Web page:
MaplePrimes Commons General Technical Discussions

The primary forum for technical discussions.

 

I have proposed a SE site for maple.

This will help to put maple on SE.

Please follow this site.

http://area51.stackexchange.com/proposals/107315/maple

 Update

We have moved to the next phase Commitment. Come and join us.

The Joint Mathematics Meetings are taking place this week (January 4 – 7) in Atlanta, Georgia, U.S.A. This will be the 100th annual winter meeting of the Mathematical Association of America (MAA) and the 123nd annual meeting of the American Mathematical Society (AMS).

Maplesoft will be exhibiting at booth #118 as well as in the networking area. Please stop by our booth or the networking area to chat with me and other members of the Maplesoft team, as well as to pick up some free Maplesoft swag or win some prizes.

There are also several interesting Maple-related talks and events happening this week:

 

Teaching Cryptology to Increase Interest in Mathematics for Students Majoring in Non-Technical Disciplines and High School Students

Wednesday, January 4, 0820, L401 & L402, Lobby Level, Marriott Marquis

Neil Sigmon, Radford University

 

Enigma: A Combinatorial Analysis and Maple Simulator

Wednesday, January 4, 0900, L401 & L402, Lobby Level, Marriott Marquis

Rick Klima, Appalachian State University

 

MYMathApps Calculus - Building on Maplets for Calculus

Thursday, January 5, 0800, Courtland, Conference Level, Hyatt Regency

Philip B. Yasskin, Texas A&M University 
Douglas B. Meade, University of South Carolina 
Andrew Crenwelge, Texas A&M University

 

Maple Software Technology as a Stimulant Tool for Dynamic Interactive Calculus Teaching and Learning

Thursday, January 5, 1000, Courtland, Conference Level, Hyatt Regency

Lina Wu, Borough of Manhattan Community College-The City University of New York 

 

Collaborative Research: Maplets for Calculus

Thursday, January 5, 1400, Marquis Ballroom, Marquis Level, Marriott Marquis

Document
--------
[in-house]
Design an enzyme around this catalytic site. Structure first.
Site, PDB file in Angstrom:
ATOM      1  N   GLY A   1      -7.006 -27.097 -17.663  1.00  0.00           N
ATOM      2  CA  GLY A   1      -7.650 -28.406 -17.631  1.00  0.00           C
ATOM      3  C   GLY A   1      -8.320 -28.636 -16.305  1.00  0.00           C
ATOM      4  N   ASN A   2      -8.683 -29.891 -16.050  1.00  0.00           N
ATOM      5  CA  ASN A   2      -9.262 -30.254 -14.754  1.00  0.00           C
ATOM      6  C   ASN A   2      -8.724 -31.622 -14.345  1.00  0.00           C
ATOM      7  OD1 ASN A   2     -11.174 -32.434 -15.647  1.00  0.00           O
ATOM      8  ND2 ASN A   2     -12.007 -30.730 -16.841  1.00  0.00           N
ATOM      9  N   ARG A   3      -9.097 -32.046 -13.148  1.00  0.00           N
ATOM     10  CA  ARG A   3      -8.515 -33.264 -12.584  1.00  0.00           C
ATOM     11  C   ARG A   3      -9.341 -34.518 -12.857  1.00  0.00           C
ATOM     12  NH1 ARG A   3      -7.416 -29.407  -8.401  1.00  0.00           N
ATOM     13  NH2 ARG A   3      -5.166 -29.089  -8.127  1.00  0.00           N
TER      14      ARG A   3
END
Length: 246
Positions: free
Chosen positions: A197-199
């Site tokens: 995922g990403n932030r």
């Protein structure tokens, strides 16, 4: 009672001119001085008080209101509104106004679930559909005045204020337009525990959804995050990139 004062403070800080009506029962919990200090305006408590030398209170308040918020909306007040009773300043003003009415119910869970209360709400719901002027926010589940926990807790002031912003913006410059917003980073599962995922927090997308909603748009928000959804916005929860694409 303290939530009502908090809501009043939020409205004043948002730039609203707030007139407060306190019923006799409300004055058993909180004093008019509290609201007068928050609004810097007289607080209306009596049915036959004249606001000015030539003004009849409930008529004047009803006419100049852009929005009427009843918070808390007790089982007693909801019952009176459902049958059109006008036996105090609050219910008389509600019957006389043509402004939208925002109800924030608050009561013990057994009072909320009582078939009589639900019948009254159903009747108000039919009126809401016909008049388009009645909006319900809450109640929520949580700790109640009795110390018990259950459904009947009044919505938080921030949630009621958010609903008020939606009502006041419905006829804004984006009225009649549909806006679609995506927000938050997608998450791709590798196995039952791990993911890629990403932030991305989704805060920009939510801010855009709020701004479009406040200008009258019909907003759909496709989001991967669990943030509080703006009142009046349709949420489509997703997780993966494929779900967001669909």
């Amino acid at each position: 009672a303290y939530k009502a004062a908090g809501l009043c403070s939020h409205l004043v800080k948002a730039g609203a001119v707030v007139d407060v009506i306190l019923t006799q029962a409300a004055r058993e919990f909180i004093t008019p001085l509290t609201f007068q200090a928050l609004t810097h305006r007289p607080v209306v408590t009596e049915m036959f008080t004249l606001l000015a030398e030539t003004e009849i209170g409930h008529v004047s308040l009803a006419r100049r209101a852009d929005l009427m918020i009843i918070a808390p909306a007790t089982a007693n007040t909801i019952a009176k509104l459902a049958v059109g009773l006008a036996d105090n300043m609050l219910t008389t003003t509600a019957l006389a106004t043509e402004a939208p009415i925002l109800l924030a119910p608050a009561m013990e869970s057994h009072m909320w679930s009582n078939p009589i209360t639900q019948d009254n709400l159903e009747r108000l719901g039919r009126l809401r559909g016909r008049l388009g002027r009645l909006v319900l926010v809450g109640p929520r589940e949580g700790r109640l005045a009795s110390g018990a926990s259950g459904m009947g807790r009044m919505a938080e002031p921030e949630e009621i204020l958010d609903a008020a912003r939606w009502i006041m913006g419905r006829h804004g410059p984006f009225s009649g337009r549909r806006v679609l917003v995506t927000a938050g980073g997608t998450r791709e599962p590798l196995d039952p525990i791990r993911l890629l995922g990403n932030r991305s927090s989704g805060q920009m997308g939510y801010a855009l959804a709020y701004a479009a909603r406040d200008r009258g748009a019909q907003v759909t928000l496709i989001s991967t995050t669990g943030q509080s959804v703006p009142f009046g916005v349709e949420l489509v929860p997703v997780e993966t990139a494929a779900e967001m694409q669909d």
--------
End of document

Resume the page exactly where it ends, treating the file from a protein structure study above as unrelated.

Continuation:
Philip Yasskin, Texas A&M University 
Douglas Meade, U of South Carolina

 

Digital Graphic Calculus Art Design in Maple Software

Thursday, January 5, 1420, International 7, International Level, Marriott Marquis

Lina Wu, Borough of Manhattan Community College-The City University of New York 

 

Maplesoft will also be hosting a catered reception and brief presentation on Teaching STEM Online: Challenges and Solutions, Thursday January 5th, from 6:00pm – 7:30pm, at the Hyatt Regency, Hanover AB, on the exhibitor level. Please RSVP at www.maplesoft.com/jmm or at Maplesoft booth #118.

 

If you are attending the Joint Math meetings this week and plan on presenting anything on Maple, please feel free to let me know and I'll update this list accordingly.


See you in Atlanta!

Daniel

Maple Product Manager

Is this a bug?

hypergeom([1, -1, 1/2], [-12,-3], 1);
Error, (in hypergeom/check_parameters) function doesn't exist: missing appropriate negative integers in the first list of parameters to compensate the negatives integer(s): [-3], found in the second list.
 

Yet this hypergeometric series terminates and Maple should be able to handle it, at least according to the Maple help page (the second rule below applies, yet the numerator has a smaller absolute value, so the first rule below applies).

If some   n[i] is a non-positive integer, the series is finite (that is,   F(n, d, z)  is a polynomial in    z).
If some  d[j]  is a non-positive integer, the function is undefined for all non-zero  z, unless there is also a negative upper parameter of smaller absolute value, in which case the previous rule applies.
 

 

Interestingly, the Wolfram Mathematica app can evaluate this to 311/312.

 

 

The DFT windowing functions in the SignalProcessing package seem to be inconsistent in the type of data they will accept, and the type they return.

BartlettHannWindow,  BlackmanHarrisWindow, BlackmanNuttallWindow,   BohmanWindow, CauchyWindow, CosineWindow, ExponentialWindow, FlatTopWindow,  GaussianWindow, HannPoissonWindow, ParzenWindow, PoissonWindow,  RectangleWindow, ReiszWindow, RiemannWindow, TaperedCosineWindow, TriangleWindow, TukeyWindow

accept Arrays, containing almost any data type (haven't tried them all!) as input. and always return a Vector[row].

But

BartlettWindow, BlackmanWindow, HammingWindow, HannWindow, KaiserWindow

require that the option datatype=float[8] be set in the Array() constructor, which is used as input and always return an hfarray.

Thus, for example

with(SignalProcessing);
sig:= Array( -50..50,
                        fill=1
                    ):
BartlettHannWindow(sig); # this works
BartlettWindow(sig);# this fails with datatype unsupported error

Very confusing!!!!

As mentioned a few weeks back, we have been working on an update to MaplePrimes designed to dramatically curtail the amount of spam we have been receiving. I'm happy to say that we implemented these features earlier today, and in the hour or so since publication, they have already helped prevent multiple messages from being posted.

Using content posted to MaplePrimes over the past few months as a baseline, this new feature is successfully able to detect 90% of spam, while maintaining a false positive (i.e., incorrectly identifying a legitimate question or post) rate of 1%.